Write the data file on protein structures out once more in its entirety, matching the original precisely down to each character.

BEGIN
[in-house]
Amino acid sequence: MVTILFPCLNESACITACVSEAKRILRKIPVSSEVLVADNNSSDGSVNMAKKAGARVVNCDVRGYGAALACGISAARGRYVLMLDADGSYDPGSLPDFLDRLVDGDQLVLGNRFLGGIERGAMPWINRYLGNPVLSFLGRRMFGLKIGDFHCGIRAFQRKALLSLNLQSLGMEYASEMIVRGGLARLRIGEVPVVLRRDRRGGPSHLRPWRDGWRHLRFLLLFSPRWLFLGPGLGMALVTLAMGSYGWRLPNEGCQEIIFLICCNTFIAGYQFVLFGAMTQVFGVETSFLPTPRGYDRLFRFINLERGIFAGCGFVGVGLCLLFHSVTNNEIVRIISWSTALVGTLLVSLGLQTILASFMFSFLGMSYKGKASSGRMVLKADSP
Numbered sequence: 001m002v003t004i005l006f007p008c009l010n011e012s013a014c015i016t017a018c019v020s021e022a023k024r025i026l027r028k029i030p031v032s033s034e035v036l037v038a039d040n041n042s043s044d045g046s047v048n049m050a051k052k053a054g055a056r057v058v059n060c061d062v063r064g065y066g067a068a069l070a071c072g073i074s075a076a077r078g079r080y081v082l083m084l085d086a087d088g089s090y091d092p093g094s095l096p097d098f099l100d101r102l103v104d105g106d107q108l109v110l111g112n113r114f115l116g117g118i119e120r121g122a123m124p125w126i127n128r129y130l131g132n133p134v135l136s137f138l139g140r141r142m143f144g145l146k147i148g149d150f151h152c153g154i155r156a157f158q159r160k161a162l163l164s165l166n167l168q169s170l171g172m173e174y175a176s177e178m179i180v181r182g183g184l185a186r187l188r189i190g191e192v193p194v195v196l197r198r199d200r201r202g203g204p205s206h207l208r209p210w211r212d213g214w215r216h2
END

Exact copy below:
[in-house]
Amino acid sequence: MVTILFPCLNESACITACVSEAKRILRKIPVSSEVLVADNNSSDGSVNMAKKAGARVVNCDVRGYGAALACGISAARGRYVLMLDADGSYDPGSLPDFLDRLVDGDQLVLGNRFLGGIERGAMPWINRYLGNPVLSFLGRRMFGLKIGDFHCGIRAFQRKALLSLNLQSLGMEYASEMIVRGGLARLRIGEVPVVLRRDRRGGPSHLRPWRDGWRHLRFLLLFSPRWLFLGPGLGMALVTLAMGSYGWRLPNEGCQEIIFLICCNTFIAGYQFVLFGAMTQVFGVETSFLPTPRGYDRLFRFINLERGIFAGCGFVGVGLCLLFHSVTNNEIVRIISWSTALVGTLLVSLGLQTILASFMFSFLGMSYKGKASSGRMVLKADSP
Numbered sequence: 001m002v003t004i005l006f007p008c009l010n011e012s013a014c015i016t017a018c019v020s021e022a023k024r025i026l027r028k029i030p031v032s033s034e035v036l037v038a039d040n041n042s043s044d045g046s047v048n049m050a051k052k053a054g055a056r057v058v059n060c061d062v063r064g065y066g067a068a069l070a071c072g073i074s075a076a077r078g079r080y081v082l083m084l085d086a087d088g089s090y091d092p093g094s095l096p097d098f099l100d101r102l103v104d105g106d107q108l109v110l111g112n113r114f115l116g117g118i119e120r121g122a123m124p125w126i127n128r129y130l131g132n133p134v135l136s137f138l139g140r141r142m143f144g145l146k147i148g149d150f151h152c153g154i155r156a157f158q159r160k161a162l163l164s165l166n167l168q169s170l171g172m173e174y175a176s177e178m179i180v181r182g183g184l185a186r187l188r189i190g191e192v193p194v195v196l197r198r199d200r201r202g203g204p205s206h207l208r209p210w211r212d213g214w215r216h2